Majority Of Hospitalized Patients Are At Risk For VTE

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Venous Thromboembolism

Venous thromboembolism risk is high among hospital patients and most of these at-risk patients are not protected with adequate prophylaxis.

VTE is a preventable disease which contributes significantly to morbidity and mortality among patients hospitalized for acute medical and surgical illnesses. Many complications and deaths due to VTE could be prevented using thromboprophylaxis as recommended by evidence based guidelines, but some studies have shown that there is a gap between evidence and practice in the hospital setting. Lack of awareness and uncertainty about the prevalence of patients at risk for VTE are among the major reasons accounting for this gap (1, 2). To date, there has been no large international study performed in hospitals selected at random around the world to evaluate VTE risk and prophylaxis practice globally.

ENDORSE collected data on more than 60,000 patients who were surveyed across 358 acute care hospitals randomly selected in 32 countries, encompassing 5 continents. All participating hospitals followed the same standard multinational protocol to survey the patients present in the wards.

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The main objectives of ENDORSE were to assess the prevalence of VTE risk in the acute hospital care setting and to determine the proportion of at-risk patients who receive recommended prophylaxis using the definition of patients at risk of VTE and prophylaxis recommendations provided by the American College of Chest Physicians (ACCP) evidence-based consensus guidelines (3). The study included two categories of hospitalized patients: patients in medical wards 40 years of age or older, and patients in surgical wards, 18 years or older.

Doctor Fred Anderson, Director of the Center for Outcomes Research at the University of Massachusetts Medical School who conducted the study commented "ENDORSE is the first study to provide a global view of VTE risk and prophylaxis practices throughout the world. With more than 60,000 patients studied in more than 30 countries, the scope of ENDORSE is unprecedented. In view of the quality of the data collected and a common method to assess patients at risk for VTE and prophylaxis used, this study gives us a unique picture both globally and locally about the extent of the hospitalized patient population at risk for VTE and how these patients are managed."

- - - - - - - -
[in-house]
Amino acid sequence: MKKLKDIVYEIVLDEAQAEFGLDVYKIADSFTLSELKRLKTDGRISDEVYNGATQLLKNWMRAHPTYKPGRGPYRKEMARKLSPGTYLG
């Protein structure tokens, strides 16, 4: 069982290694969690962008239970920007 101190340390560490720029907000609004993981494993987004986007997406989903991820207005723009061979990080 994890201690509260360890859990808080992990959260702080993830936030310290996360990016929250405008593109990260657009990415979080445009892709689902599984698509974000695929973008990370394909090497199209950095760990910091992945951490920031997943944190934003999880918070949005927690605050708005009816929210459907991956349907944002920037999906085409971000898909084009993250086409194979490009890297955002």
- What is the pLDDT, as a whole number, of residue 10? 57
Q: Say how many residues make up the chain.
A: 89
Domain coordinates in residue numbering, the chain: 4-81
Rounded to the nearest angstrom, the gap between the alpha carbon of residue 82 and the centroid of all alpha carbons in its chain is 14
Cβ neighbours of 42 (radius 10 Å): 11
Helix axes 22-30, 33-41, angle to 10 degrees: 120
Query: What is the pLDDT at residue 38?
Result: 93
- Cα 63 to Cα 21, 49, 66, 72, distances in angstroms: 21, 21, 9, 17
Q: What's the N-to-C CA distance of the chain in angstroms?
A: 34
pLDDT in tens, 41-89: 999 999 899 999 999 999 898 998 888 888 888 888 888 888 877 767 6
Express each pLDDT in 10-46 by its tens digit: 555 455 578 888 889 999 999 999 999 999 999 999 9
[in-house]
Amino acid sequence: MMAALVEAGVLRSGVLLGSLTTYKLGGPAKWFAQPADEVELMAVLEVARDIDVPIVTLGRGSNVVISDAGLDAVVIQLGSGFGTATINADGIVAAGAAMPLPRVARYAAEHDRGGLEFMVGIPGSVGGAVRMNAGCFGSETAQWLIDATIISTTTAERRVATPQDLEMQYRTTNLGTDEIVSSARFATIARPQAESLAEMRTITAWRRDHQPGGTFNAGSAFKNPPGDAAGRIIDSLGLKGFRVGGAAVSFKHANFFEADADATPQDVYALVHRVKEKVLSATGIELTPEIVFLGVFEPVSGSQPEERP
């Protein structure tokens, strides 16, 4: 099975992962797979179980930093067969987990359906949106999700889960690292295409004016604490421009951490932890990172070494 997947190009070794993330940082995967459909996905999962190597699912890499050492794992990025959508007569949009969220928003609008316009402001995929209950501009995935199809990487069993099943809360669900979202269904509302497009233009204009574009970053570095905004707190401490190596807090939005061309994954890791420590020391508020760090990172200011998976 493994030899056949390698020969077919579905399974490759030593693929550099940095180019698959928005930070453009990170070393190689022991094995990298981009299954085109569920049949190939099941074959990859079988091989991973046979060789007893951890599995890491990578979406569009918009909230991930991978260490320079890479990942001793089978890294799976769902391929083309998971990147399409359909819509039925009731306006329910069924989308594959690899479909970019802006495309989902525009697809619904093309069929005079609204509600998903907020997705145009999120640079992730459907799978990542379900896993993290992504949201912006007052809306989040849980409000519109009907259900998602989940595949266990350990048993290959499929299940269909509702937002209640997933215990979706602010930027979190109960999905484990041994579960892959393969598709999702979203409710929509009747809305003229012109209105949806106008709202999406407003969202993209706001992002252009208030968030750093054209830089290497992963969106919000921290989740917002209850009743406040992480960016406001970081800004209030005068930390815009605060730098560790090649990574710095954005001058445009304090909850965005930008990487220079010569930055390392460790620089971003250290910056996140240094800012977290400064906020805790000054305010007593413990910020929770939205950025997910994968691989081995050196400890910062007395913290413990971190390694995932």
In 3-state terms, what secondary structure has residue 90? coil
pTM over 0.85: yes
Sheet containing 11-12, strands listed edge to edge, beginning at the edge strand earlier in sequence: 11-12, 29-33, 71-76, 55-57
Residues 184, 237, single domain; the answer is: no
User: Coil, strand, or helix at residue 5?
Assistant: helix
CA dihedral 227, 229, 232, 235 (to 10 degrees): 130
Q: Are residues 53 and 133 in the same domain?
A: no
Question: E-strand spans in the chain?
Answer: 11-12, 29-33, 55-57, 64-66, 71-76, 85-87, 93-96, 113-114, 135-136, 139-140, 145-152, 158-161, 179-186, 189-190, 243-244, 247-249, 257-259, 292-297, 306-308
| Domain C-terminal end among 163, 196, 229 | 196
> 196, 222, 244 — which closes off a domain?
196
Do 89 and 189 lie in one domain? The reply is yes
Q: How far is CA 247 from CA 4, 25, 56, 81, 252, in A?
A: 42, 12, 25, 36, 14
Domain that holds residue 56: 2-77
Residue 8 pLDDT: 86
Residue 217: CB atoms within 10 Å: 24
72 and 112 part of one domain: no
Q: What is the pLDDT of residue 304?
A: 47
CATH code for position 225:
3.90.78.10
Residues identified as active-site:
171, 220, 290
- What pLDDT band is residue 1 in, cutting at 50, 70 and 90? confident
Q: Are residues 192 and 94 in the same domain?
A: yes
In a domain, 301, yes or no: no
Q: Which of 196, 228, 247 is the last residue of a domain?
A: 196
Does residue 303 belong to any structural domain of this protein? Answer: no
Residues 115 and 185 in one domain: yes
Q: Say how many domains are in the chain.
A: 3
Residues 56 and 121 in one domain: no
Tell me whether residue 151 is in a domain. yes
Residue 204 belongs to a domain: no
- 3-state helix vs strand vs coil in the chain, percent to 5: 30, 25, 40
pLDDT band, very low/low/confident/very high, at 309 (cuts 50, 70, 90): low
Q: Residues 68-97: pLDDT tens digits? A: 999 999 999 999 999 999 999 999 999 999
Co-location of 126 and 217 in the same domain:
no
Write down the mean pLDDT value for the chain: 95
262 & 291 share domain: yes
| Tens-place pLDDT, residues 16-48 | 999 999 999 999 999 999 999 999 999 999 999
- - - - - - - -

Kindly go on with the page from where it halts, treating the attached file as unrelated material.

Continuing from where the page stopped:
ENDORSE demonstrates the high prevalence of patients at risk for VTE: 52% of hospitalized patients surveyed were at risk for VTE, corresponding to 64% of surgical patients and 42% of medical patients. The prevalence of patients at risk was consistent across the countries surveyed, demonstrating the importance of VTE risk on a global scale.

Importantly, when considering the use of recommended prophylaxis in hospitals, only 50% of hospitalized patients at risk for VTE received a method of prophylaxis recommended by the ACCP, corresponding to 59% of surgical and 40% of medical patients at risk for VTE. The use of recommended prophylaxis varied across countries; however, it was globally sub-optimal and even more so in medical than surgical patients, as the majority of medical patients at risk for VTE (60%) did not receive recommended prophylaxis.

As highlighted by Doctor Victor Tapson, Co-chair of the ENDORSE Steering Committee: "ENDORSE clearly shows that VTE is a critical safety issue in hospitalized patients, as the majority of them are at risk for VTE. This is really a global concern as a high proportion of patients at risk for VTE is observed across all the countries surveyed. Importantly, ENDORSE showed that one out of 2 hospitalized patients at risk for VTE were not receiving any recommended form of prophylaxis. It definitely shows that there is globally a sub-optimal use of VTE prophylaxis and this is even more pronounced among medically ill patients."

Commenting on the study, Doctor Ander Cohen, Co-chair of the ENDORSE Steering Committee, said "ENDORSE findings provide strong evidence of the need to increase awareness about the high prevalence of VTE risk among hospitalised medical and surgical patients. Importantly, it highlights the need to significantly improve the use of appropriate prophylaxis in patients at risk for VTE. In the United States for instance, VTE prophylaxis has been identified as the number #1 strategy to improve patient safety in the hospital. If we want to improve hospital patient outcomes, we urgently need to implement hospital-wide strategies to identify all surgical and medical patients at risk for VTE and provide appropriate prophylaxis to prevent VTE."

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